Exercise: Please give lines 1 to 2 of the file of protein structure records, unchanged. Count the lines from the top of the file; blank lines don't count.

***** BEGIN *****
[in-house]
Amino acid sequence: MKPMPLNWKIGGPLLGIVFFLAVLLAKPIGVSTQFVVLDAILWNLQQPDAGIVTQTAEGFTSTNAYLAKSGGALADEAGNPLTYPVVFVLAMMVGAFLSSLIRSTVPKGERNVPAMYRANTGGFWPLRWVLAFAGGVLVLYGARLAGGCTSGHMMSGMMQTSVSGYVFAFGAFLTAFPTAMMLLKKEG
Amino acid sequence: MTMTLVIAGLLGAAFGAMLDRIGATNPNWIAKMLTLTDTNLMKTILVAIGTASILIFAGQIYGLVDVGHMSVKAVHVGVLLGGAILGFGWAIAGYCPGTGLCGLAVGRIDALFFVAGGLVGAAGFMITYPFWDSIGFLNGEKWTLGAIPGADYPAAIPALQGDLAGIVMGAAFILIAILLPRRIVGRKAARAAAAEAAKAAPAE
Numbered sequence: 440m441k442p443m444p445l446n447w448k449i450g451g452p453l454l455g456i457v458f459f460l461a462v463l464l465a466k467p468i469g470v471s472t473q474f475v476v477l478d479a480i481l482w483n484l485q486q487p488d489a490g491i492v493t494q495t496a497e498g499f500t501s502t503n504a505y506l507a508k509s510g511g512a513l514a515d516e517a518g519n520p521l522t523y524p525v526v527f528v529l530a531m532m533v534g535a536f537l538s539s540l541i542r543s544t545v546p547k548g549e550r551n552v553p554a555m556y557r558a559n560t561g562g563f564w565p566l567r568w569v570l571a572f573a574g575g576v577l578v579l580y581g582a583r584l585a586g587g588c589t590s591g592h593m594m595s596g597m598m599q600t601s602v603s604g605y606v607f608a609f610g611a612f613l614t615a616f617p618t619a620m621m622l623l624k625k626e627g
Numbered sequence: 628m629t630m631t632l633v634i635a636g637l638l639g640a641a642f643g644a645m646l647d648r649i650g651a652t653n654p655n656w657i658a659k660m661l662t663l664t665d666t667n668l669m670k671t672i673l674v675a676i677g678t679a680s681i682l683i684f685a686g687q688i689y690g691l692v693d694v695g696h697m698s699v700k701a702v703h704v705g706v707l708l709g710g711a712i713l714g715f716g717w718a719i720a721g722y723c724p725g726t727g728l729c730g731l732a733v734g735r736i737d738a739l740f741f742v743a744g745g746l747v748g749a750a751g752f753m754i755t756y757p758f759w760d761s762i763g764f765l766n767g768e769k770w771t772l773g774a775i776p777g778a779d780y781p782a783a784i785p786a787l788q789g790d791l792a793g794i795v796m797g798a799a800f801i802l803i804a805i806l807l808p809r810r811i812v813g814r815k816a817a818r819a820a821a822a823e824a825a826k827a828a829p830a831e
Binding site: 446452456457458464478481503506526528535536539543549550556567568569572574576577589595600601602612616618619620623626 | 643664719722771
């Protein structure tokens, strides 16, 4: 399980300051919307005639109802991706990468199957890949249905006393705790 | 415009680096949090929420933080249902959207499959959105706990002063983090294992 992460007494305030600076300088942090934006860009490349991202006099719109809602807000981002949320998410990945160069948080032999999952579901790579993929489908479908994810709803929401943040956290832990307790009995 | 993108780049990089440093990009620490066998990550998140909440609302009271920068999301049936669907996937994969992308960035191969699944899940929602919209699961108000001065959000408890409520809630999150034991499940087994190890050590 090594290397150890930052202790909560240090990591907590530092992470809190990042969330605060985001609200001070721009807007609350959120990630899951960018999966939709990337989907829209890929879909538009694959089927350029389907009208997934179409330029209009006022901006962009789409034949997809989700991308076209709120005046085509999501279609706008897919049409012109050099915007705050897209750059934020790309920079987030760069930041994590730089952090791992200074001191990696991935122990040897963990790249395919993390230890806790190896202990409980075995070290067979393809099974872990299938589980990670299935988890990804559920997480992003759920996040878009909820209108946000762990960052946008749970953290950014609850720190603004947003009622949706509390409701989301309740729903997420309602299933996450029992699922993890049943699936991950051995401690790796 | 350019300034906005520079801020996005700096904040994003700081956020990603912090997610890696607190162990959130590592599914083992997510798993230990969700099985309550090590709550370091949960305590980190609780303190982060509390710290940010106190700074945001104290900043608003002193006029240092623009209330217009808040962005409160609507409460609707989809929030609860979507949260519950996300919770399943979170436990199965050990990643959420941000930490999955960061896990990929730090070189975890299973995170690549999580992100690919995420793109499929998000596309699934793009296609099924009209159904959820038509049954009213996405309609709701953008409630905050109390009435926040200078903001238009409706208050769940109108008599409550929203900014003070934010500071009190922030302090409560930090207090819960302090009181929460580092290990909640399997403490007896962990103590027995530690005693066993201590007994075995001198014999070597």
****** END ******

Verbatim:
[in-house]
Amino acid sequence: MKPMPLNWKIGGPLLGIVFFLAVLLAKPIGVSTQFVVLDAILWNLQQPDAGIVTQTAEGFTSTNAYLAKSGGALADEAGNPLTYPVVFVLAMMVGAFLSSLIRSTVPKGERNVPAMYRANTGGFWPLRWVLAFAGGVLVLYGARLAGGCTSGHMMSGMMQTSVSGYVFAFGAFLTAFPTAMMLLKKEG